We know from the title that our speaker is Demeter, goddess of agriculture, mother to Persephone and wife to Zeus. We also know, after spending a moment or two in the poem, that she isn't too happy.
So what's all the hubbub about? You see, Demeter's angry that Persephone is down in the underworld, and she is ready to have some words with Hades—Persephone's uncle who took her down there to be his wife. She wants him to realize what a horrible thing he's done; she wants him to get it. But she also spends much of the poem concerned with humanity's tendencies towards selfishness in general, and what the repercussions of selfish actions might involve.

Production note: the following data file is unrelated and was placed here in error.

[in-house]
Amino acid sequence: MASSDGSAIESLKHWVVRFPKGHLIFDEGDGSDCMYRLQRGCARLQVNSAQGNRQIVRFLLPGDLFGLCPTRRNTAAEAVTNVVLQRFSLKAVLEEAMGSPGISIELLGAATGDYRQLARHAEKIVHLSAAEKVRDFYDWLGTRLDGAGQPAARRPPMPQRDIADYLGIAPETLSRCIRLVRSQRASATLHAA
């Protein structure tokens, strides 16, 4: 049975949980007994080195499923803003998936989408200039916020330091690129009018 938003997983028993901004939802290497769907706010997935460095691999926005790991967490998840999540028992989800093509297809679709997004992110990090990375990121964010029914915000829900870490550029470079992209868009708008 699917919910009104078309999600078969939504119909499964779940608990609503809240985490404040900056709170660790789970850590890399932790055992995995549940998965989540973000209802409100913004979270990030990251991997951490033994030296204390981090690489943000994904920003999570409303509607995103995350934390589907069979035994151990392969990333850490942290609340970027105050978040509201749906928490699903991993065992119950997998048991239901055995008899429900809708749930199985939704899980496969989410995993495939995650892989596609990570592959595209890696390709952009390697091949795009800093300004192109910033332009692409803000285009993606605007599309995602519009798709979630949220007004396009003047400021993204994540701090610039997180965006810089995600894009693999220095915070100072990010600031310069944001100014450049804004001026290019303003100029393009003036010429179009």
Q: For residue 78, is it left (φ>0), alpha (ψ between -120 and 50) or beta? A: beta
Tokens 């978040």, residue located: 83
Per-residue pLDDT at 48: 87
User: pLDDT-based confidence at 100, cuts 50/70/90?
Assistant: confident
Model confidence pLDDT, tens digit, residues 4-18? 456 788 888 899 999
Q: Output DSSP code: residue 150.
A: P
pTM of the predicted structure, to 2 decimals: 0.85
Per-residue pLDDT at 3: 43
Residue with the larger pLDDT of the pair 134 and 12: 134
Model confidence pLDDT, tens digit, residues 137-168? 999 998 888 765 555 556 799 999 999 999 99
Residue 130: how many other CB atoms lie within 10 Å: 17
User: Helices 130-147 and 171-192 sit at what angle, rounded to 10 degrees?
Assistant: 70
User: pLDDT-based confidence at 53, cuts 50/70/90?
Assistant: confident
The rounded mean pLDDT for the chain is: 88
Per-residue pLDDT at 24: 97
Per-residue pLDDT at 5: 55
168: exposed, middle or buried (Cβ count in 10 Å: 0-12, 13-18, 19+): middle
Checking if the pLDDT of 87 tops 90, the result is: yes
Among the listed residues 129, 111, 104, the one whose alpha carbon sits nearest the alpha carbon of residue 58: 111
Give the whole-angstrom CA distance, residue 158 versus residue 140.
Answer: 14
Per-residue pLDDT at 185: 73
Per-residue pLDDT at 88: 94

In her mind, then, the worst thing that someone can do is act on their desires without thinking. And that's exactly what Hades did… with her daughter. Naturally, she's pretty upset—vengeful, even. Those Greek gods could get pretty intense, you know.
So yeah, those repercussions we talked about? They're nothing good, unless you don't mind going hungry. We guess it's never a good idea to anger an agriculture god or goddess.